Lactation and Cardiovascular Health in Mothers: The Nord-Trøndelag Health Study (HUNT), Norway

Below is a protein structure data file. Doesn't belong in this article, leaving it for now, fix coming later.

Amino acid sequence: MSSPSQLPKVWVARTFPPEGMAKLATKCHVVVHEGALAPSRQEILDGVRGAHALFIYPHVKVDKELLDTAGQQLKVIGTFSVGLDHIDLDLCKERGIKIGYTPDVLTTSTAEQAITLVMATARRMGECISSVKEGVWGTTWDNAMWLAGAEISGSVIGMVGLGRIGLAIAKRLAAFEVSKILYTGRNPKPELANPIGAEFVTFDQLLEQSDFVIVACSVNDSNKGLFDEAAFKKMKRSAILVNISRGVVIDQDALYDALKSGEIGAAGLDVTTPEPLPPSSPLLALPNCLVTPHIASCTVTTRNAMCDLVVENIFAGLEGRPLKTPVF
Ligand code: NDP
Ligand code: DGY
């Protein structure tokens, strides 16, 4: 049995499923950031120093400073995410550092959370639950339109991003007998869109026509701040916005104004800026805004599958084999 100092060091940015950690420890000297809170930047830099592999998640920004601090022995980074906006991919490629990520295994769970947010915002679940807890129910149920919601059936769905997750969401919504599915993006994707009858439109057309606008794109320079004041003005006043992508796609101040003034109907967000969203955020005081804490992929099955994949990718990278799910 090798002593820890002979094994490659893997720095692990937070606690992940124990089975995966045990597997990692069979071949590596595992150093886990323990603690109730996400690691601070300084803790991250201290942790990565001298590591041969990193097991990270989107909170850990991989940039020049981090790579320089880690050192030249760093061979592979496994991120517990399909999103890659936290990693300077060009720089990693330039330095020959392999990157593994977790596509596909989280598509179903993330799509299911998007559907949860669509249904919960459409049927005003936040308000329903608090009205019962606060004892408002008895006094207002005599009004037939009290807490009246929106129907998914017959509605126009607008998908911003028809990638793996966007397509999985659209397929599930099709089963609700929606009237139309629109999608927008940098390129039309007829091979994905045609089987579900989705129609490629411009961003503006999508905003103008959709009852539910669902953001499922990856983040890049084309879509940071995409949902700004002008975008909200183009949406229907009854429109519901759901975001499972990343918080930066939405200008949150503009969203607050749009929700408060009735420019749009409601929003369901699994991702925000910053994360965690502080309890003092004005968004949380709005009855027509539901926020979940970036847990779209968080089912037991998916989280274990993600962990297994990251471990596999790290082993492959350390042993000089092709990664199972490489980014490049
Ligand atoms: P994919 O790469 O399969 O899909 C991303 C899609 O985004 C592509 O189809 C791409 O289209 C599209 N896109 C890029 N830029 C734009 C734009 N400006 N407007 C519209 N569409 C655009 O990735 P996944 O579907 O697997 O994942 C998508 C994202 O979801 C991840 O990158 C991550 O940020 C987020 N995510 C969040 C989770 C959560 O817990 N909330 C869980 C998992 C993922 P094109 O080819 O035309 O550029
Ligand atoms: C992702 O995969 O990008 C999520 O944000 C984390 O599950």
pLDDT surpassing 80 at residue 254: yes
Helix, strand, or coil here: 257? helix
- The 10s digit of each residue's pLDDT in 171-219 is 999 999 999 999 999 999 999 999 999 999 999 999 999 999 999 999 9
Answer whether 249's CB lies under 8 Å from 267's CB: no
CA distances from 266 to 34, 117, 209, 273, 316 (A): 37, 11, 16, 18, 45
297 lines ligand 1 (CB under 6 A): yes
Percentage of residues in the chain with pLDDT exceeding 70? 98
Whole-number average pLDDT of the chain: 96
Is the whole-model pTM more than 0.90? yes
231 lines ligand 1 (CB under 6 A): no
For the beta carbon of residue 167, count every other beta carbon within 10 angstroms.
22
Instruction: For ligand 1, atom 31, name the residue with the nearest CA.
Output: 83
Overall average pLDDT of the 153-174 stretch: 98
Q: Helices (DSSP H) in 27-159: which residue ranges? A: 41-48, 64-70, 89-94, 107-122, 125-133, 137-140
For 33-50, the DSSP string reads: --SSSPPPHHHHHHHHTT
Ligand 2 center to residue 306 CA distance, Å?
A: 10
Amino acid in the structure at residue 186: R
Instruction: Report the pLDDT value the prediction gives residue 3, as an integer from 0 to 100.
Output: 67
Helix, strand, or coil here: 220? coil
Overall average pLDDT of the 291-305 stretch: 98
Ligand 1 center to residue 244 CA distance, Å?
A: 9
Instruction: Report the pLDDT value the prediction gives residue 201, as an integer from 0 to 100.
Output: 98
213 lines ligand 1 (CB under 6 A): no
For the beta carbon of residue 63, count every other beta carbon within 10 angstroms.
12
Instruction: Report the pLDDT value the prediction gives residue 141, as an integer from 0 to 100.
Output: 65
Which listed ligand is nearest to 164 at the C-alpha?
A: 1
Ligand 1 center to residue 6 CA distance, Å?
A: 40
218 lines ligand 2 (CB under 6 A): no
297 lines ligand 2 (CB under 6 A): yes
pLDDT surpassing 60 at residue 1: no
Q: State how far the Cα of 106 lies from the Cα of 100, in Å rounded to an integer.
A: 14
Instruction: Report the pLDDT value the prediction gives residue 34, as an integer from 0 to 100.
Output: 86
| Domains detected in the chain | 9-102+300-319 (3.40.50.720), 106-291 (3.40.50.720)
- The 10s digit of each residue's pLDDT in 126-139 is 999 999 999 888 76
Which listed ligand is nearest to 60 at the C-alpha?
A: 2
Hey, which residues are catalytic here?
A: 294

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Background Cardiovascular disease is the most common cause of death in women in all European countries and accounts for 26% of deaths before the age of 65. Thus it is important to identify behaviors that may modify women’s risk of cardiovascular disease. Lactation is a factor unique to women that involves hormonal changes and may affect maternal metabolic health. Short-term studies have reported a more speedy return of the pregnancy-induced raised lipid levels in lactating mothers after delivery. Still, few studies have examined the association between lactation and maternal long-term cardiovascular health. Furthermore, most of these have relied on maternal recall of breastfeeding history. Aims The aims of this thesis were to investigate:The association of lifetime duration of lactation with various risk factors for cardiovascular diseaseThe association of lifetime duration of lactation with cardiovascular mortalityThe accuracy of long-term maternal recall of breastfeeding durationMethod In paper I, Cross-sectional data from more than 20,000 women attending the second Nord-Trøndelag Health Study (HUNT2) was used to study the association of lifetime duration of lactation with various risk factors for cardiovascular disease. These data were furthermore linked to the Cause of Death Registry, enabling us to study the association of lifetime duration of lactation with cardiovascular mortality in a longitudinal study in paper II. In paper III, we studied the accuracy of long-term maternal recall of breastfeeding duration by comparing recorded information on breastfeeding initiation and duration collected prospectively during the child’s first year of life with recalled data obtained from mailed questionnaires some 20 years later. Results Among parous women aged 50 years or younger, we found an inverse association between lifetime duration of lactation and body mass index, waist circumference, systolic and diastolic blood pressure, triglycerides, total cholesterol and LDL cholesterol (Paper I). Furthermore, in the same age group, parous women who reported no lactation had almost two-fold higher odds ratio for hypertension, three-fold higher odds ratio for obesity and six-fold higher odds ratio for diabetes than those who reported lactating ≥ 24 months. Among women older than 50 years there were no clear associations. In paper II we reported that among parous women younger than 65 years, cardiovascular mortality was almost three times higher among those who had never lactated compared to women who had lactated 24 months or more. No clear associations were observed among women 65 years or older. In paper III, we observed that Norwegian women recall their breastfeeding duration fairly accurately 20 years after delivery, with a median overestimation of about 2 weeks. The high agreement between recalled and recorded breastfeeding supports the use of recalled breastfeeding duration as an exposure variable in epidemiological studies on lactation and health. Conclusion In conclusion, parous women who did not lactate had an unfavourable cardiovascular risk profile several years after weaning. Furthermore, parous women who did not lactate had excess mortality rates from cardiovascular disease. If our findings are causal, it could imply an important preventive health measure in women’s health.